You may remember XOS from such ill-fated public relations disasters as "The SEC Controls Your Mind"; they signed on to do all the digital stuff for the SEC this year and immediately issued a draconian policy that was RIAA-esque in its blinkered belief that you can control the internet. Now this same corporation is trying to extract money from the NFL for tapes of prospects, and the NFL is in a fight. I bet coaches who want to tout the NFL-readiness of their players just love this corporation.
You'll note the Big Ten is not afflicted; they've cast their lot with Fox and the Big Ten Network and should have no problems getting seniors and—more importantly for folks hoping Donovan Warren reconsiders—juniors scouted in a timely fashion.
Aigh. Formerly Anonymous ran across this interview with Richard Billingsley, which gives me another opportunity to rail against his hodge-podge of dreck that purports to be a computer rating system. It's not a surprise that a guy who's described his system like this…
Believe it or not, the system is designed after our own United States Constitution. But don't hold that against it! Although at times I feel this system is just about as complicated as our Federal Government, there is one huge difference..... this one works!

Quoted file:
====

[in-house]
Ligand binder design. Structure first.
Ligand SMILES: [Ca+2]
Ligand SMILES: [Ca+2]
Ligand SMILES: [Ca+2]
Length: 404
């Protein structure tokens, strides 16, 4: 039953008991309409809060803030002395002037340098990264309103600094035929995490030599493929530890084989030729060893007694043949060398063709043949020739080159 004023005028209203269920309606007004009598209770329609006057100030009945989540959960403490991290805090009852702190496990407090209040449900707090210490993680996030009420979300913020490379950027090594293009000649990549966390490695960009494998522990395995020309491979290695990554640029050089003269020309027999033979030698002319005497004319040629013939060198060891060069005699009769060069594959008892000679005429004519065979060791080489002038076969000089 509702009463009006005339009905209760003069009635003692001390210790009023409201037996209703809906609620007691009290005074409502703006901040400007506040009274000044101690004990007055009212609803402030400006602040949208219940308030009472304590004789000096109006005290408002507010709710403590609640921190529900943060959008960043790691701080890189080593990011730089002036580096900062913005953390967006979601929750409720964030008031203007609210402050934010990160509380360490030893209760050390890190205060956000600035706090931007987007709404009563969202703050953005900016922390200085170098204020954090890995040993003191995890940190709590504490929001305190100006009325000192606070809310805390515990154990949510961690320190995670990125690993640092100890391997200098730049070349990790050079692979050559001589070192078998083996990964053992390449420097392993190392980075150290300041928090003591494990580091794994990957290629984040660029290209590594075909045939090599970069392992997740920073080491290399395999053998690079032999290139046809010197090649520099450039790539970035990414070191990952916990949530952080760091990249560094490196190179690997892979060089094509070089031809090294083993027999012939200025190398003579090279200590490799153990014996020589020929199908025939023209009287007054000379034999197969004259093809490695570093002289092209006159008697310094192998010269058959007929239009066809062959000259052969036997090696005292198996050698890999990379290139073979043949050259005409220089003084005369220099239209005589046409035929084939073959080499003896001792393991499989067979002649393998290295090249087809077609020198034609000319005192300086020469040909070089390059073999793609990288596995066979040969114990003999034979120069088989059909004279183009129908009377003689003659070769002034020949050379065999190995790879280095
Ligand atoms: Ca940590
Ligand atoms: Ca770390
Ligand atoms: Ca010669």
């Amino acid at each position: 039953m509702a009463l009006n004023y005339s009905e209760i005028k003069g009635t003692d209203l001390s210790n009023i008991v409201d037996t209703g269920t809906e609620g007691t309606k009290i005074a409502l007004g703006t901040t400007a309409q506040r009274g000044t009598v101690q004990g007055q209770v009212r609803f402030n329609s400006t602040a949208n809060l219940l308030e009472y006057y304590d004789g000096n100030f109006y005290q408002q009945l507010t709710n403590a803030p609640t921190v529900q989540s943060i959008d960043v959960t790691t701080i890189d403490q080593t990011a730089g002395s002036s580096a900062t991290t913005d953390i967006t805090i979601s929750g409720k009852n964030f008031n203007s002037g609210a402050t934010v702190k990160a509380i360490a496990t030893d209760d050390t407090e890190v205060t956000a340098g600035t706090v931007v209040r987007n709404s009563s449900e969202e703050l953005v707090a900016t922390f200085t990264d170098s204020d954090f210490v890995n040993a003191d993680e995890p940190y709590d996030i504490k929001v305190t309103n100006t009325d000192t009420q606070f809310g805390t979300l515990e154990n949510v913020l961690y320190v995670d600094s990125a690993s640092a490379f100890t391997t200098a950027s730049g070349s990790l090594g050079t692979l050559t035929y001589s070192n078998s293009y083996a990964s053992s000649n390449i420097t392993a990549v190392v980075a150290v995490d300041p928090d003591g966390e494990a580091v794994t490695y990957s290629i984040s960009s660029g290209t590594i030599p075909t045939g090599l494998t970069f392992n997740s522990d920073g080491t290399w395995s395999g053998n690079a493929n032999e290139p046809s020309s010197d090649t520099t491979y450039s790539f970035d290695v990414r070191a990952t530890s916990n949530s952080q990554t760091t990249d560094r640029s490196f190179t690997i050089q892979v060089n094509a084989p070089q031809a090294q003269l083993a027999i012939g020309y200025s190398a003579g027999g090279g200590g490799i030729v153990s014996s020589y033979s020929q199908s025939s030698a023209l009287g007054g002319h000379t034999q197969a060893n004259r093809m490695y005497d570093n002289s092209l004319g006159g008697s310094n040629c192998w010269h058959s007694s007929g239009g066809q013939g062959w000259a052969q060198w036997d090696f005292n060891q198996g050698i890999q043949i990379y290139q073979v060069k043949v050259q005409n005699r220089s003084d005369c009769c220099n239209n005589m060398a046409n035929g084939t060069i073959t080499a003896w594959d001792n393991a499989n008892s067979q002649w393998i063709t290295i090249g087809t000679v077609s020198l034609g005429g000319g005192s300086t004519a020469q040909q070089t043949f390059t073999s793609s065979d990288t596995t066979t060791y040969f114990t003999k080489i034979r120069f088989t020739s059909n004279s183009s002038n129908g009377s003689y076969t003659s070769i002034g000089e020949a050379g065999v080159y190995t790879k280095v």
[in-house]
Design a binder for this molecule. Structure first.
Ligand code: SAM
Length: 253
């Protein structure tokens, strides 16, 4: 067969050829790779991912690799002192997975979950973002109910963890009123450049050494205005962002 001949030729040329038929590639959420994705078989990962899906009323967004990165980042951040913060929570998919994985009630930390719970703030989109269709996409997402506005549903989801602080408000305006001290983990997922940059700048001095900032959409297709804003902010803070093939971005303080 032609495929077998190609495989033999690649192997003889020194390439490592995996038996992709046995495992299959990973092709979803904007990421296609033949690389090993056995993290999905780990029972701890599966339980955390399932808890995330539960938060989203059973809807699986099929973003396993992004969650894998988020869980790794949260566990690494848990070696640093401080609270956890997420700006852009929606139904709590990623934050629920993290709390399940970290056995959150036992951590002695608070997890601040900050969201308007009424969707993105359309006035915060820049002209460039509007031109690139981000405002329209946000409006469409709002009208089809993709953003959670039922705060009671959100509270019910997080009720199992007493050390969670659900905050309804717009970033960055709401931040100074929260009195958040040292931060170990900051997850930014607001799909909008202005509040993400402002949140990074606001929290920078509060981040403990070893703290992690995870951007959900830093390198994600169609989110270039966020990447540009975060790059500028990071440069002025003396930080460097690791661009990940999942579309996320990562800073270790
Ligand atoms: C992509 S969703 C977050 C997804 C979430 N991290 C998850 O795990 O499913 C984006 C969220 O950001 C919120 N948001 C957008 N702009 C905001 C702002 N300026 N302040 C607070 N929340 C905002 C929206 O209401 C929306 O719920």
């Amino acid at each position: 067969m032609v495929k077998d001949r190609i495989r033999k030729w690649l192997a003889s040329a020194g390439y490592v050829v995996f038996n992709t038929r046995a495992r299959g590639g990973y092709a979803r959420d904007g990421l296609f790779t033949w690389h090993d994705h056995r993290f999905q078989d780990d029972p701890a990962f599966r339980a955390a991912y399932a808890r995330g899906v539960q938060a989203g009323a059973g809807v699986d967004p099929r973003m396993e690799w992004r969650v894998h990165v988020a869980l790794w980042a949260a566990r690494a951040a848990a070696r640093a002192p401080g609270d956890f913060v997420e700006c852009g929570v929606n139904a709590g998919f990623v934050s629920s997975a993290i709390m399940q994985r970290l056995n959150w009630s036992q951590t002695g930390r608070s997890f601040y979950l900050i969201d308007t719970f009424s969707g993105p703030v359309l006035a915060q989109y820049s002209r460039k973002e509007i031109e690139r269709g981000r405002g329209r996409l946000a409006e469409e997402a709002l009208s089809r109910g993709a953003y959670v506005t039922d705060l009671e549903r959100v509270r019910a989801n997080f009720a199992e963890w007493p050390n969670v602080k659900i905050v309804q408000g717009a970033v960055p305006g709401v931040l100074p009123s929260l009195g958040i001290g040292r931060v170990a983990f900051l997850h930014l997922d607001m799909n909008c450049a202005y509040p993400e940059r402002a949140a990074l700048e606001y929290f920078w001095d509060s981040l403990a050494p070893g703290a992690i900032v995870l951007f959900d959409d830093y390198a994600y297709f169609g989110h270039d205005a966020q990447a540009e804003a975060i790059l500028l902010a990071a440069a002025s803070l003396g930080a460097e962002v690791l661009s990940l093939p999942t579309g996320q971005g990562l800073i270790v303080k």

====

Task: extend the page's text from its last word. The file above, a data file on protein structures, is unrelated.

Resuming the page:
…"doesn't even have a degree," according to the article, and won't divulge his formulas for ranking teams. Because they're insane. Things Billingsley does in his rankings:
- Weight Billingsley's own arbitrary preseason human rankings.
- Partially consider a team's (arbitrary, information-free) rank at the time of a game, thus hugely overvaluing wins like Notre Dame's victory over #3 but soon to go 7-5 Michigan in '05.
- Heavily weight the most recent week.
- Add in arbitrary bonuses.
This is an organization that thought a propaganda website, widely-mocked twitter account, and Ari Fleischer were good ideas, so it's not a huge surprise that they've cast their lot with a guy who sounds like he owns a bunch of stuff from the Franklin Mint. It is further confirmation that the people in charge of college football are sort of clueless: they've cast their lot with an aging nut's secret blend of herbs and spices that hasn't been updated since 1970.